the video lives here (click me)
Everything is fine in the world until we see the spinning pinwheel of death (Mac) or hourglass of doom (Windows)...
For us, waiting for even two seconds for a YouTube video to load is a huge annoyance to our lives.
Why is it so hard for us to wait? Is the video we are about to watch that important?
Through this video, I wanted to change the meaning and feeling associated with the buffering symbol.
This required adding a soundtrack (Perhaps the abrupt silence that the buffering symbol brings to online videos is part of the exasperation).
To me, the repetition of the buffering sign is hypnotic, beautiful, and meditative.
When you stare at it for a while... you start to wonder, are those visual changes actually occurring or am I just hallucinating?
The musical change over time represents the increasing frustration and tension of waiting for the video to load, or something to happen.
What are we waiting for?
Can we appreciate the waiting? Can we appreciate the feeling of time passing?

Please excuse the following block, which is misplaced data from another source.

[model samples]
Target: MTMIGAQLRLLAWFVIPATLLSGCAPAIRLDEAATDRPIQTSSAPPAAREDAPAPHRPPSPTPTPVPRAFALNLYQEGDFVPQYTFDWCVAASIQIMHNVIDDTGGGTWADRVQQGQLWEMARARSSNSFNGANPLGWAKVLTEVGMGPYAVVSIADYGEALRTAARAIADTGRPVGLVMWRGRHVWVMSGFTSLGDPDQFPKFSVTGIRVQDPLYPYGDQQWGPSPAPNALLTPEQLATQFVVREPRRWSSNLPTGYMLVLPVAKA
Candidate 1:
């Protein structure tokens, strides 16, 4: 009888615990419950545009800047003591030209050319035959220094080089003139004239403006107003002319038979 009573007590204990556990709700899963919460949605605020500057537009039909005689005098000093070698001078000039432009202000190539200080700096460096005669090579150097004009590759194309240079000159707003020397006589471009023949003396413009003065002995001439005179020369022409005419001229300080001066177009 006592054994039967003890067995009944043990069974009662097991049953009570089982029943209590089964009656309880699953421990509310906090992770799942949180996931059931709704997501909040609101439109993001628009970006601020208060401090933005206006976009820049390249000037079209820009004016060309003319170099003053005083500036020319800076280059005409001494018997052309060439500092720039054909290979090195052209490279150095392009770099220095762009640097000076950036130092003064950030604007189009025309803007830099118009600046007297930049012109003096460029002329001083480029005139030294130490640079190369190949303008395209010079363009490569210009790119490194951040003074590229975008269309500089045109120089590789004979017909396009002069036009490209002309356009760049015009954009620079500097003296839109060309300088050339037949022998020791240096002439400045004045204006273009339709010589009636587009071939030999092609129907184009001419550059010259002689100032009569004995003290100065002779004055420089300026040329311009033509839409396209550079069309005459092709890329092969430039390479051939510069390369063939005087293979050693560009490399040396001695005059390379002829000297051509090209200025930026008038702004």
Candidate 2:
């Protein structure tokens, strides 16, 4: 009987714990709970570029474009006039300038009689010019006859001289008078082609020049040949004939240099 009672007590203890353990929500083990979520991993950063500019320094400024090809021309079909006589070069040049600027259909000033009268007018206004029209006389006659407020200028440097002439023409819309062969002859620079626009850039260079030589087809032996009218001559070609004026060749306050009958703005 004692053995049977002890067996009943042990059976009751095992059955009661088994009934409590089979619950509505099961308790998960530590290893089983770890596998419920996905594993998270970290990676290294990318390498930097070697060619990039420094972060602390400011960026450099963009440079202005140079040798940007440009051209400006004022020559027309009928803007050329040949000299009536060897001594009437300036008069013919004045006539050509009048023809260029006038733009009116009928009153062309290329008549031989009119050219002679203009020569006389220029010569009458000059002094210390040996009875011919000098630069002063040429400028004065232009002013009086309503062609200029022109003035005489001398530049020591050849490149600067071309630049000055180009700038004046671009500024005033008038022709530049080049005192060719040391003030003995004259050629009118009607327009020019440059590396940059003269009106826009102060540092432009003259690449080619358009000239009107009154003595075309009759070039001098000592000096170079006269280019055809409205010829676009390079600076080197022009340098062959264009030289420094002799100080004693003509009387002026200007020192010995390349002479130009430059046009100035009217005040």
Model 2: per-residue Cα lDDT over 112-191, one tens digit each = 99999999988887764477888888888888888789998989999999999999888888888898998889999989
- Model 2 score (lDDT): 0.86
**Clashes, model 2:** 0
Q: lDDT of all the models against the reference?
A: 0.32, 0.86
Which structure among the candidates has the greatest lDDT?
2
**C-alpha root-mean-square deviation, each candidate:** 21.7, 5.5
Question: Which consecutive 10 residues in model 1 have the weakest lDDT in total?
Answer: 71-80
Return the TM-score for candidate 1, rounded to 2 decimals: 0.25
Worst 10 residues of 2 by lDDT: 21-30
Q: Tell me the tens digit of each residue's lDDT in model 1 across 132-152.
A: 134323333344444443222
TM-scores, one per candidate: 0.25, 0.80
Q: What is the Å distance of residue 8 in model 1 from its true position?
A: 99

I purposely concealed the true nature of this video by giving it a different name and disguising the beginning of the video with a "typical" YouTube video.
(Although I think it would be make a good prank to upload only the "buffering" part of the video and send the link to friends, similar to the popular YouTube Rickrolling gag. People would wait a while for the video to load, then realize...)
It was important to have the buffering occur in context, rather than separated and on its own.
It is interesting to see if people will watch the video until the end, or give up and go on to another video before the music kicks in.
I would like to take this further and use the buffering symbol to create more video art.
I'm imagining a hundred buffering symbols taking over the screen, like tiles on a ceiling.
I ripped a "random win compilation" video off of YouTube through KeepVid.
To capture the buffering symbol, I clicked through a lot of HD videos on YouTube (videos that would take longer to load). My Internet at home is surprisingly fast so it actually took a while to find a video that took more than three seconds to load. I screencaptured the "real" buffering through QuickTime.
To compose the ambient soundtrack, I made field recordings under the Gano highway by India Point Park and convoluted the file with some recordings I made on a synthesizer. Then I manipulated the audio in Ableton Live to create the build at the end.
I also parodied the familiar YouTube sadface page, that informs the viewer the "video has been removed due to a copyright," etc.